John Daane—Emerald Coast Utilities Authority
- Written by: Neil Cote
- Produced by: Zachary Brann
- Estimated reading time: 4 mins
What a difference a few years makes, John Daane had to be thinking on the last Thursday in June, when the Emerald Coast Utilities Authority’s five-member board very routinely OK’d his request to replace its Enterprise Resource Planning software.
“I expected some questions and further discussion,” mused the Dutch-born, info-tech director of the local government body that provides water, wastewater and sanitation services to Escambia County, and sanitation services to adjacent Santa Rosa county, in the Florida Panhandle.
“All board members looked me in the eye with a nod or a smile, and I’m happy and excited to advance this project. It honored me that the board would show such confidence and respect toward me as an IT professional and executive.”
Such confidence and respect seems well earned by the high-spirited and energetic man who, since arriving at ECUA in early 2015, has used his mix of high-tech and management skills fronting a team of 11, whose mission is to upgrade the authority’s technological capabilities.
And the authority seemed in need of just that kind of leadership for—like so many public entities—it had fallen behind the IT curve.
“My philosophy? It’s let’s do things better, faster and cheaper,” Daane tells Toggle. “It’s what I challenge my team to find the ways to do, whether it’s investing in better equipment or being able to cut the operations budget by pushing vendors to better deals. As a result, we’re now able to provide better service at a lower cost.”
High among his initiatives was shifting from a copper-based network to fiber, increasing bandwidth by 500 percent at two-thirds the cost of what ECUA had paid for the malleable metal. He reports a similar result with the phone lines, with a 30-percent increase in service and a 60-percent cost reduction.
Then there’s been the digital transformation that, while not quite eliminating paperwork, has certainly spared more than a few trees. With tablets and software apps at their disposal, field staffers are far more efficient in collecting and providing data on any project.
Daane explains that just a couple of years ago the system generally involved a work order being created, printed overnight and landing in a pile of documents. Next morning someone would flip through that pile, prioritize and scribble down the details for a data processor.
What could go wrong? A better question might be: What could not go wrong?
Of course, the progress necessitated software upgrades, as legacy systems had become an administrative burden and impediment to timely service on matters as simple as a customer’s leaky pipes. Some long-time employees even had to be brought to Windows classes. Daane also turned to a network of strategic partners who could implement, and sometimes host, new and improved software and systems solutions.
Land use being all important to an agency with ECUA’s mission, Daane is also seeing to it that the Geographic Information System is up to par. It has to be; customers sometimes call the authority with complaints of discolored water. A better GIS enables the IT team to place those complaints on a map and recognize the trouble spots.
“It’s a much more proactive approach,” Daane says, adding that among his strengths is bringing people together to get something done.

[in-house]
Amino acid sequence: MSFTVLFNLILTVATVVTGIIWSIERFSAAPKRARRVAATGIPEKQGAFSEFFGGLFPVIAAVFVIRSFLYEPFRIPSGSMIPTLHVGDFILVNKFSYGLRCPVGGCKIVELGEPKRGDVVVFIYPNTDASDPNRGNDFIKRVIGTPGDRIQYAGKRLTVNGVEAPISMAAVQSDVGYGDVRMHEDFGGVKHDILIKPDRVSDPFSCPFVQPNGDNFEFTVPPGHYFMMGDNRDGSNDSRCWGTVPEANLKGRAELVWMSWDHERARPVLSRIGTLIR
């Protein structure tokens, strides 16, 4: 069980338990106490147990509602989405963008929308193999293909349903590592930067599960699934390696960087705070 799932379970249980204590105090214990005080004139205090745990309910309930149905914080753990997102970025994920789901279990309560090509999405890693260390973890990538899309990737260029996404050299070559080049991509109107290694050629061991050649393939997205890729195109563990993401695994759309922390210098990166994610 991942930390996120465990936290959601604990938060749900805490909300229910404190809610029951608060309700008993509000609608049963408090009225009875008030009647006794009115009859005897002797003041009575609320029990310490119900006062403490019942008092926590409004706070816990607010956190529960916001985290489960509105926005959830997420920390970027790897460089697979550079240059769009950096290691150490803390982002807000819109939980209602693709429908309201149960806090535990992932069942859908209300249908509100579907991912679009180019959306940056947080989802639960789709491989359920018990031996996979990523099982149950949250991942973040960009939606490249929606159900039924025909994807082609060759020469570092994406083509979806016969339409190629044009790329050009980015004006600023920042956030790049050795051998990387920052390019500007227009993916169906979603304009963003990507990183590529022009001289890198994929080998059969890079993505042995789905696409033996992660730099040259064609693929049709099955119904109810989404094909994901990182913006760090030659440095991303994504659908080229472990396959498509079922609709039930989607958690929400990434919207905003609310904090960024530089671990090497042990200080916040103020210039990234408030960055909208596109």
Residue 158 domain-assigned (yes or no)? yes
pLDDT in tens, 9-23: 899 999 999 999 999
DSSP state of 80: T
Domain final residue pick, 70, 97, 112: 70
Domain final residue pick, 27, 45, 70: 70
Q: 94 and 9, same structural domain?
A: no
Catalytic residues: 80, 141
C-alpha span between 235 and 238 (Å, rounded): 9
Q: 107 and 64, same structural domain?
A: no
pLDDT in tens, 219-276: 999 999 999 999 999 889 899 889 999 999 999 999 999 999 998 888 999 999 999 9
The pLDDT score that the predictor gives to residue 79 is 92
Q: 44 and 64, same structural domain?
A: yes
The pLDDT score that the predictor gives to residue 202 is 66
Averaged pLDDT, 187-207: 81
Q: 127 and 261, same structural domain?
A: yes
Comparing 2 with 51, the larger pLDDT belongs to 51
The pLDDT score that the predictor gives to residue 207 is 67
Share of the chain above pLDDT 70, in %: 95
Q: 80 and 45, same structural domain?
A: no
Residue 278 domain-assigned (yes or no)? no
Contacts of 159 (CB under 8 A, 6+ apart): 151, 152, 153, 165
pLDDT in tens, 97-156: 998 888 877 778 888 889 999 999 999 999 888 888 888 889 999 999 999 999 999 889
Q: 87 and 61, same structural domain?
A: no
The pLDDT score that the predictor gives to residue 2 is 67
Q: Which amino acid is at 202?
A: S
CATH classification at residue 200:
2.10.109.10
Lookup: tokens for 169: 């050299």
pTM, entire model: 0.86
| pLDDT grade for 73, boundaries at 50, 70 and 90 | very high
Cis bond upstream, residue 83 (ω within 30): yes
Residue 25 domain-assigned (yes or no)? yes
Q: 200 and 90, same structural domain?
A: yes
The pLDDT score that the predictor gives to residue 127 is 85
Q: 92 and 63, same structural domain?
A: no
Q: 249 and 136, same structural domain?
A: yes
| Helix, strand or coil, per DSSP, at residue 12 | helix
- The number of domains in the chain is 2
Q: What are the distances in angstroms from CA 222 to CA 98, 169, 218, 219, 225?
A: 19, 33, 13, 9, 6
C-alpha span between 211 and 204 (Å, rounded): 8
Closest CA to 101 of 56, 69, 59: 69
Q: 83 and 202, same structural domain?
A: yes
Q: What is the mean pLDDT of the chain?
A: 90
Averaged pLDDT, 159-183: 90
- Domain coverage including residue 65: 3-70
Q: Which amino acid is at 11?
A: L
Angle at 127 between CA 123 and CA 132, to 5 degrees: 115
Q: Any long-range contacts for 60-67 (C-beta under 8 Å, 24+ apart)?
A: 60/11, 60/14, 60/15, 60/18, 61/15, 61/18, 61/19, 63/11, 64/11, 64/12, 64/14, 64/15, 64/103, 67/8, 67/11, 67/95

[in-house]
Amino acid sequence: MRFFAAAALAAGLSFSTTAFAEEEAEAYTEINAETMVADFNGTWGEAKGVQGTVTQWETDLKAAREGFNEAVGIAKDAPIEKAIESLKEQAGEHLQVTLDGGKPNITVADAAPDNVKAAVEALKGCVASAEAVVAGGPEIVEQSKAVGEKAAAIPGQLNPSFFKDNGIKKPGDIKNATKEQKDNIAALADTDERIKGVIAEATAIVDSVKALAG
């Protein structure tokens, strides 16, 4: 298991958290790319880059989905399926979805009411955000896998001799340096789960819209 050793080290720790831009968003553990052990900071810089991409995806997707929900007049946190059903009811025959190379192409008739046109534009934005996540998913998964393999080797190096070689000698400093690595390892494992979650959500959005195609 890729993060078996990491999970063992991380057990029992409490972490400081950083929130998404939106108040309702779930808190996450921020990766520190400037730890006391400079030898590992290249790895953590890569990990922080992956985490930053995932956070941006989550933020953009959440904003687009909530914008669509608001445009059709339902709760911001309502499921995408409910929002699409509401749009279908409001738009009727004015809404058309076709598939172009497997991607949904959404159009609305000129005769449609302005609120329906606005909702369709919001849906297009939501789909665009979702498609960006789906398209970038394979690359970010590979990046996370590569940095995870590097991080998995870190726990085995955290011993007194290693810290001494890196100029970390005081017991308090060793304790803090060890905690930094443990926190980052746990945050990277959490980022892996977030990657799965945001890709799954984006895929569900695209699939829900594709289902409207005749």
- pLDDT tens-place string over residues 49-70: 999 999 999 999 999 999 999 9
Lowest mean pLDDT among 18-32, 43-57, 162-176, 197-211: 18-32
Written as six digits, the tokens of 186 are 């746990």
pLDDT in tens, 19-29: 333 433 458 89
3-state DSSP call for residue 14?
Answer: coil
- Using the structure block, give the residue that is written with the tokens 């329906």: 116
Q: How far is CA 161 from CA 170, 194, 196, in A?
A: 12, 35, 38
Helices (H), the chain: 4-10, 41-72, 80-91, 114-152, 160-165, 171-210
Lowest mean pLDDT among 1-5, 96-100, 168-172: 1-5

Could be some of that creative, can-do attitude comes from Daane’s military service, which started in 1979 with the Royal Dutch Air Force. The late 1990s found him stationed at a NATO base in Germany, where he handled IT and worked in a multinational environment, including a tour in Bosnia. In 2001 he immigrated to the United States.
“I was geographically misplaced at birth,” he says. “I’ve got nothing but good things to say about the Netherlands—it’s beautiful and has health care for everyone—but I always had this affinity for America. Growing up I’d watch TV shows like ‘Movin On’ or ‘The Dukes of Hazzard’ and that would make me want to live in the U.S.”
There being no Hazzard County, Georgia, outside the small screen, Daane would live elsewhere, including the Pacific Northwest where he earned two Bachelor’s degrees for IT and marketing, and an MBA from Western Governors University—and managed infrastructure services for the Washington State Ferries from 2002 to 2006 and then with the state’s Department of Natural Resources until 2011. After a couple of years in the private sector with Milgard Manufacturing, Daane looked for warmer climates, settling in San Antonio, Texas, where he would be IT manager of municipal network operations from 2013 to 2015.
That was a fulfilling, albeit challenging, stint, he says, as the phone never seemed to stop ringing in a city of over 1.5 million residents and a municipal staff of some 12,000. Upon hearing that the long-time ECUA IT boss was retiring, Daane made his pitch and clicked right away with the progressive directors and the board that had launched a five-year strategic plan for the next info-tech director. They’ve been on the same page ever since.
“By far, my most favorite part of this job is that at the end of the day I don’t go home frustrated the way I did at my other public-sector jobs,” Daane says. “I have the support from the board and the utility. They give me what I need to do the job. I never have to get into a huge arm-wrestling match.”
He did, however, expect to have to make some kind of a case for an ERP upgrade at that June board meeting. But Chairwoman Lois Benson and board members Elvin McCorvey, Vicki Campbell, Dale Perkins and Larry Walker again expressed their faith in Daane with unanimous approval that they believe means better, faster and cheaper business as usual.
Showcase your feature on your website with a custom “As Featured in Toggle” badge that links directly to your article!
Copy and paste this script into your page coding (ideally right before the closing